Poetry Explorer- Classic Contemporary Poetry, SONG OF THE STYGIAN NAIADES, by THOMAS LOVELL BEDDOES



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SONG OF THE STYGIAN NAIADES, by             Poet's Biography
First Line: Proserpine may pull her flowers
Last Line: Cupid, love, and fie for shame.
Subject(s): Persephone; Proserpine; Proserpina


Proserpine may pull her flowers,
Wet with dew or wet with tears,
Red with anger, pale with fears,
Is it any fault of ours,
If Pluto be an amorous king,
And comes home nightly, laden,
Underneath his broad bat-wing,
With a gentle, mortal maiden?
Is it so? Wind, is it so?
All that you and I do know
Is, that we saw fly and fix
'Mongst the reeds and flowers of Styx,
Yesterday,
Where the Furies made their hay
For a bed of tiger cubs,
A great fly of Beelzebub's,
The bee of hearts, which mortals name
Cupid, Love, and Fie for shame.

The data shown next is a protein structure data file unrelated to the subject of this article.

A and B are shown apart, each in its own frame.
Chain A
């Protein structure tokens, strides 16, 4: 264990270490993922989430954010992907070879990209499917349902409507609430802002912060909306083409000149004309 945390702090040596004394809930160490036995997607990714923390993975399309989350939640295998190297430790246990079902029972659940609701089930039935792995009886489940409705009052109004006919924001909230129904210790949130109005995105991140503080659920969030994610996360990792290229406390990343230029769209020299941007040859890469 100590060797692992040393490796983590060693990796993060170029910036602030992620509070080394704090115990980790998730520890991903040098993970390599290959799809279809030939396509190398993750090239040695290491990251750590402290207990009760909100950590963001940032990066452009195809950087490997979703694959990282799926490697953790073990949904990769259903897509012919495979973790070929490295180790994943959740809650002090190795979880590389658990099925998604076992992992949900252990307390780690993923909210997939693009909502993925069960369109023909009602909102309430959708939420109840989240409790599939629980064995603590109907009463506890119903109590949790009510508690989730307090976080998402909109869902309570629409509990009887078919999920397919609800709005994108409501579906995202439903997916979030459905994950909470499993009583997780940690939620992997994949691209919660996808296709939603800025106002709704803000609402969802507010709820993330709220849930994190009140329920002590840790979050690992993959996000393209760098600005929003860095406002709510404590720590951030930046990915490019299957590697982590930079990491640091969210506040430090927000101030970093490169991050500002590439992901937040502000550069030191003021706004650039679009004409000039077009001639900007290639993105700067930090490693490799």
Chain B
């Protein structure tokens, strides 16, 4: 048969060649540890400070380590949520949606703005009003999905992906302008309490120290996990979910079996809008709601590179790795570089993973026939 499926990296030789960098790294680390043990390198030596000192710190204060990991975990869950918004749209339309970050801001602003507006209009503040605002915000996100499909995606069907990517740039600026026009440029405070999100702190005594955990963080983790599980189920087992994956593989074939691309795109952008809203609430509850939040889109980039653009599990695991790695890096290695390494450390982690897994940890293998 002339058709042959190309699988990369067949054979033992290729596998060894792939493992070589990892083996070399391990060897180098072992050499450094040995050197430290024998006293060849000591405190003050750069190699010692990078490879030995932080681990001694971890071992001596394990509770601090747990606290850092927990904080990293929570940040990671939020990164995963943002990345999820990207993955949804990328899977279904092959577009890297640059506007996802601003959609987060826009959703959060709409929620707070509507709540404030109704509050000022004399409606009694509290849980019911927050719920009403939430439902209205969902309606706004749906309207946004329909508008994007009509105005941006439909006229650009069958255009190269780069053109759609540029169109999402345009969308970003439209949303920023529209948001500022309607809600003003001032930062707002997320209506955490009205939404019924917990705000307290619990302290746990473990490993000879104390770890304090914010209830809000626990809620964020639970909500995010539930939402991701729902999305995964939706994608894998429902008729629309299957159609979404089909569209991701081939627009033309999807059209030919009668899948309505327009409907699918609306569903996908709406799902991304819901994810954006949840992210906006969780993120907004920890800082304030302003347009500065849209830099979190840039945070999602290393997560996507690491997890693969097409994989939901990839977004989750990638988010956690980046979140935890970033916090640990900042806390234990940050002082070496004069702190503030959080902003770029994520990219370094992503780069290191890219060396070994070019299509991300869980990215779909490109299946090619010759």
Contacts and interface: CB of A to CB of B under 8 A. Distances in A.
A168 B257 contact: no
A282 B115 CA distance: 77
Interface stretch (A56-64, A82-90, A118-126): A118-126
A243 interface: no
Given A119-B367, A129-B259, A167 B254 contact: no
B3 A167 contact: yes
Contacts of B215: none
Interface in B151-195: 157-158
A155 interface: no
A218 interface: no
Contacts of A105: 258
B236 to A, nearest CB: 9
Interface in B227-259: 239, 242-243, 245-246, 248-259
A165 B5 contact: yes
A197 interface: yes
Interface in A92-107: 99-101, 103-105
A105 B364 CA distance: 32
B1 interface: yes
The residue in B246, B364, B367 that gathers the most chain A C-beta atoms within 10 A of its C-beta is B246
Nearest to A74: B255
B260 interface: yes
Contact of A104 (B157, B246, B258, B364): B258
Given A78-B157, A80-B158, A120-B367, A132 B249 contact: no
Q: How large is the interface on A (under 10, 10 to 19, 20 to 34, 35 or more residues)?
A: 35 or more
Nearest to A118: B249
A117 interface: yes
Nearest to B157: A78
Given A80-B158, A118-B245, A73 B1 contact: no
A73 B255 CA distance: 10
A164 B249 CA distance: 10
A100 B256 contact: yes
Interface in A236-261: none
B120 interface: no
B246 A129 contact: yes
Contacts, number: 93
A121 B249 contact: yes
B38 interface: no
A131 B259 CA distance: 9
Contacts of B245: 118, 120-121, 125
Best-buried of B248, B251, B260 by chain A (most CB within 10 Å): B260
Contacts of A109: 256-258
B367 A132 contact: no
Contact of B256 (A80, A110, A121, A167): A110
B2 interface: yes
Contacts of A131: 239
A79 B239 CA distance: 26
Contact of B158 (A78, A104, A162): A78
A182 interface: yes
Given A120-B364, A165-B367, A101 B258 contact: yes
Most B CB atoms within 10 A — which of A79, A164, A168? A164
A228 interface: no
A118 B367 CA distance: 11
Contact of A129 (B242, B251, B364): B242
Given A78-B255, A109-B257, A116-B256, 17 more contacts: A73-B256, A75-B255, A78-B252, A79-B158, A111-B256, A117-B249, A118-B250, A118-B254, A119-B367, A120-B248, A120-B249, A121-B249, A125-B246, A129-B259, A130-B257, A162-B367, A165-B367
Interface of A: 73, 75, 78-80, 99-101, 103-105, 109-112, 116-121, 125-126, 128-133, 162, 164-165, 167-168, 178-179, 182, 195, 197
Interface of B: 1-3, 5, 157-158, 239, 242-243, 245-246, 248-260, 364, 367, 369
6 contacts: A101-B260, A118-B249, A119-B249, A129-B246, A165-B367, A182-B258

Proserpine may weep in rage,
But, ere I and you have done
Kissing, bathing in the sun,
What I have in yonder cage,
Bird or serpent, wild or tame,
She shall guess and ask in vain;
But, if Pluto does't again,
It shall sing out loud his shame.
What hast caught then? What hast caught?
Nothing but a poet's thought,
Which so light did fall and fix
'Mongst the reeds and flowers of Styx,
Yesterday,
Where the Furies made their hay
For a bed of tiger cubs, --
A great fly of Beelzebub's,
The bee of hearts, which mortals name
Cupid, Love, and Fie for shame.








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